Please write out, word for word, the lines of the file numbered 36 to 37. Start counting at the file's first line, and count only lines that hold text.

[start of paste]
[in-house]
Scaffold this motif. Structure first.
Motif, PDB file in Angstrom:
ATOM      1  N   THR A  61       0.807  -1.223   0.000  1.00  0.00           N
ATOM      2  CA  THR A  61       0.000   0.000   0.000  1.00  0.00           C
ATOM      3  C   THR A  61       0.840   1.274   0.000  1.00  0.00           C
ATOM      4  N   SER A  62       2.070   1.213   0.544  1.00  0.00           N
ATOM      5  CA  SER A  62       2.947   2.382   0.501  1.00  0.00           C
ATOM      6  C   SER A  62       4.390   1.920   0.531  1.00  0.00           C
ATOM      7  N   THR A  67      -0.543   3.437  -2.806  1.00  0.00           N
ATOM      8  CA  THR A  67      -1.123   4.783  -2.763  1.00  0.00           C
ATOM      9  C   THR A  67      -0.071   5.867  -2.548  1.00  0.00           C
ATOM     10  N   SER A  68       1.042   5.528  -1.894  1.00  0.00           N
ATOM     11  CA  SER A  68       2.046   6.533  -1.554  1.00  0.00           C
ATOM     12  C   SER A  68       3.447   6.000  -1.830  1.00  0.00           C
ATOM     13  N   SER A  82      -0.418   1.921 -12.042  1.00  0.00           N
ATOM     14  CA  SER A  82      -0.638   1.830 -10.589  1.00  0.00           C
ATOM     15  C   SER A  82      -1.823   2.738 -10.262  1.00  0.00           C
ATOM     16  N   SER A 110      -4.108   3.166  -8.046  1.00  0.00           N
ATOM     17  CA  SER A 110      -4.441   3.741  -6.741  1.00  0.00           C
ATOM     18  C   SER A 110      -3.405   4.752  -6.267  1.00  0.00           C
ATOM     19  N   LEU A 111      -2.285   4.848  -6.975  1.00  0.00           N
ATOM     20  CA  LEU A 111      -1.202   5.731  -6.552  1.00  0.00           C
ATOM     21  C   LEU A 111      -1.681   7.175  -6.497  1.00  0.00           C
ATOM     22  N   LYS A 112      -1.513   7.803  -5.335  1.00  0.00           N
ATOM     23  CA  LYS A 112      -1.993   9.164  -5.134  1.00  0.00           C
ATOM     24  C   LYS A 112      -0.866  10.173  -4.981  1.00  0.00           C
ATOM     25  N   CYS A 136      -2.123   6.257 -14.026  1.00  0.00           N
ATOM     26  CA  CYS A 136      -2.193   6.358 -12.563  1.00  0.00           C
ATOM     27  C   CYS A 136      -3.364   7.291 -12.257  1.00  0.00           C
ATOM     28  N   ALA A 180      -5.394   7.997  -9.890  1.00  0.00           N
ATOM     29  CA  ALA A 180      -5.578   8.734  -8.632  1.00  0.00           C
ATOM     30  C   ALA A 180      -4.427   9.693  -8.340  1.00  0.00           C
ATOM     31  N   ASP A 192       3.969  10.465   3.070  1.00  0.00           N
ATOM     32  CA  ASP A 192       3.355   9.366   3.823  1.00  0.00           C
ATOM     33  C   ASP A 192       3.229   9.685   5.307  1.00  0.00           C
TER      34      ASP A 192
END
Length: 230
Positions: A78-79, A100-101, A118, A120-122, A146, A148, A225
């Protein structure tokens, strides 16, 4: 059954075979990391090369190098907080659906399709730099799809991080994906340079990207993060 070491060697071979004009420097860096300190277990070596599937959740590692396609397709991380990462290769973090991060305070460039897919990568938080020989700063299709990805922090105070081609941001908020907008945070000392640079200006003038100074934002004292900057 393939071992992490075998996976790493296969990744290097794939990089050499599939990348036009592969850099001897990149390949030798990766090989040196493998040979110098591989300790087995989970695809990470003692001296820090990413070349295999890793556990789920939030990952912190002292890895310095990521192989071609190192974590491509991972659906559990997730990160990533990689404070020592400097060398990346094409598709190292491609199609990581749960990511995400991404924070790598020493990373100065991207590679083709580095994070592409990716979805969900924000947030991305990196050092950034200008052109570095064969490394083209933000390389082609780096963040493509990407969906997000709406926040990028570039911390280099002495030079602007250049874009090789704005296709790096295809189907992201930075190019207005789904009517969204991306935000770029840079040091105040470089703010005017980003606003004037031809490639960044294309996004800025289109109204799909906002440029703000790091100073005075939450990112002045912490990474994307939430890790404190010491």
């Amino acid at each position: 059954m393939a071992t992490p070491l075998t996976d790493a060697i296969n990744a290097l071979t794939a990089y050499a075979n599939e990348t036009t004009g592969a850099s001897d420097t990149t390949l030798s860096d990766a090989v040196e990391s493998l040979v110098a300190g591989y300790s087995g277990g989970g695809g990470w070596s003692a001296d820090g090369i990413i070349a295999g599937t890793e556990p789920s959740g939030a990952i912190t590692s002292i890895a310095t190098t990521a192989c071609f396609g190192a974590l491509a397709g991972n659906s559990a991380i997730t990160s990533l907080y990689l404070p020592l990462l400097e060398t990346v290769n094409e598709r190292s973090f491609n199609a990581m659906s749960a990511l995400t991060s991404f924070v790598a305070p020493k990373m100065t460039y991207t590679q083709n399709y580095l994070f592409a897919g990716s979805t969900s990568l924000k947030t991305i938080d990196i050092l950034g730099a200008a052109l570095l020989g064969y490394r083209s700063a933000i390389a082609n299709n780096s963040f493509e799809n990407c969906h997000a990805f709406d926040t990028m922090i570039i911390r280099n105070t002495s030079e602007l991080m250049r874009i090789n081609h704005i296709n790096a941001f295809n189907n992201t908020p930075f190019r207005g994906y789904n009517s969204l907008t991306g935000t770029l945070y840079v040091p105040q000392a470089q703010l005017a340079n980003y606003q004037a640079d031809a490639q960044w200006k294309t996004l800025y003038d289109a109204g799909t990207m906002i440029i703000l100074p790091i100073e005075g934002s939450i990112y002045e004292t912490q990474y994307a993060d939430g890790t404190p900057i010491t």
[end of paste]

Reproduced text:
ATOM     33  C   ASP A 192       3.229   9.685   5.307  1.00  0.00           C
TER      34      ASP A 192